Another very important part of our training program was time spent after a bad accident call or an ugly medical call. In Canterbury the Deparment chaplain was also my neighbor and the local minister. Capt. (Rev) Carl would sit us all down and work through things with us. We had a section of interstate, an old folks home, and several of us on the fire department provided the first level of medical response before a rescue unit could respond from the next town. In my 5 years in Canterbury we had several motor vehicle deaths, some serious injuries, several deaths at the seniors housing, and a couple of emergency childbirths. Being on the scene of a bad accident, or having someone die while you were trying your best to save their life - these were traumatic experiences, especially for our younger firemen. Carl's calm words helped a lot of us through the trauma.
The drills are time consuming, and to an older experienced member of the department, may seem unnecessary. I mean, if you already have been through extrication drill and know how to operate the "Jaws", why do you need to do it again? But drills are necessary. The training drills do two important things - they help meld the department of volunteers into a team who are used to working together. They also help ingrain what needs to be done, so that it becomes automatic. Further, with any volunteer department, none of us knows who will be responding to the next call and what task each of us might have to do. It really helps to be able to do most everything that is required.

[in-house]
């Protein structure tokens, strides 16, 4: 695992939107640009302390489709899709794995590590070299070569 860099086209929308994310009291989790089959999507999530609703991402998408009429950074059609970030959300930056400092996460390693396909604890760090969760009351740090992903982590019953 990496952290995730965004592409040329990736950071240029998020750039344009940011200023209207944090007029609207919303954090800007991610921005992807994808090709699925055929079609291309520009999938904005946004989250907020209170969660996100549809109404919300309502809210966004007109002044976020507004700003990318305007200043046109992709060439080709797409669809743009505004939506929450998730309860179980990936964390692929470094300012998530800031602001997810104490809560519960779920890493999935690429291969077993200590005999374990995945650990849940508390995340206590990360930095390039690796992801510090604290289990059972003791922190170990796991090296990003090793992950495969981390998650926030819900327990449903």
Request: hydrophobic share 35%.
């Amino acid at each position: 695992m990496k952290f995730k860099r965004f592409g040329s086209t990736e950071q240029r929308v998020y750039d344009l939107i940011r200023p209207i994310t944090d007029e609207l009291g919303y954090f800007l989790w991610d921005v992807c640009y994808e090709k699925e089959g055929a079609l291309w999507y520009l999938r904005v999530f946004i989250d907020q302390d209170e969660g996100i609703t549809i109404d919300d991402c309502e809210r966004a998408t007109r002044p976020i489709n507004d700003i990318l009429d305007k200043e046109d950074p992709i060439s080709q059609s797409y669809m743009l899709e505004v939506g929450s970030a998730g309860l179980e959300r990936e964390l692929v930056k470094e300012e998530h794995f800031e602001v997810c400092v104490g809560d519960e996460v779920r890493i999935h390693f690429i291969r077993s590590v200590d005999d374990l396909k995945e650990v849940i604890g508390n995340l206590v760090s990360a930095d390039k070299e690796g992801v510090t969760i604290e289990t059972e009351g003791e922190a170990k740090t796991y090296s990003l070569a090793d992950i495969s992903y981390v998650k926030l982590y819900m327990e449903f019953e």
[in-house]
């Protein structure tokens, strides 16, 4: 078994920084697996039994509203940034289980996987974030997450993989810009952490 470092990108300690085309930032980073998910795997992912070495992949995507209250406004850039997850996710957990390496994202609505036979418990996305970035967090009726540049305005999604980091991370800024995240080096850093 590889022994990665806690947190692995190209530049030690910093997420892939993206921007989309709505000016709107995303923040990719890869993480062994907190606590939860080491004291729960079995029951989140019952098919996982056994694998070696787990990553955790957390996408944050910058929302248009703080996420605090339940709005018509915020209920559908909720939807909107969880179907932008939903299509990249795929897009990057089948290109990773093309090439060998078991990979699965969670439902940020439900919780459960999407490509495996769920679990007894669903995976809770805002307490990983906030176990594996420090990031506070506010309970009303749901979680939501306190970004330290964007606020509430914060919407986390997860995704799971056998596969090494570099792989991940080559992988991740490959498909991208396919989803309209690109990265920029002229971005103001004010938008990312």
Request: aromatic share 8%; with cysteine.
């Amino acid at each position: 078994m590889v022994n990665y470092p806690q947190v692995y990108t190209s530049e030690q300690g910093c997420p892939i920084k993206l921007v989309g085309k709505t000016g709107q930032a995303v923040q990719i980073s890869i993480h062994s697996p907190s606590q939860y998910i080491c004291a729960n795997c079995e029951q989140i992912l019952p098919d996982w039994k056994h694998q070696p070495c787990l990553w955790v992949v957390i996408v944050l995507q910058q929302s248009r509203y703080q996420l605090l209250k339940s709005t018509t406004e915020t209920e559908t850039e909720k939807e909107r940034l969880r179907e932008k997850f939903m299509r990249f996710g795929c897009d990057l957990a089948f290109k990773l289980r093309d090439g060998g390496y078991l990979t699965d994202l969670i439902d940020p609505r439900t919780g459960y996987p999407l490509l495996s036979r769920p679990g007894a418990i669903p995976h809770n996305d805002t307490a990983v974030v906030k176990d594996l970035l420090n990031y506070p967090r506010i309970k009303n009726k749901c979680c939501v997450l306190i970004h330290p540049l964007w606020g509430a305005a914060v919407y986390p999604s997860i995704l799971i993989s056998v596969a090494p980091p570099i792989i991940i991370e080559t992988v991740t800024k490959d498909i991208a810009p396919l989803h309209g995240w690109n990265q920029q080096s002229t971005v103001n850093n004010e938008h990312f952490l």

The annual exercise to deploy your "shake and bake" shelter and crawl into it in 60 seconds were fun training sessions, but the actual use of them when a forest fire has "blown up" and has encircled you is not. This flimsy little tinfoil tent has saved a lot of fire fighters since it was introduced.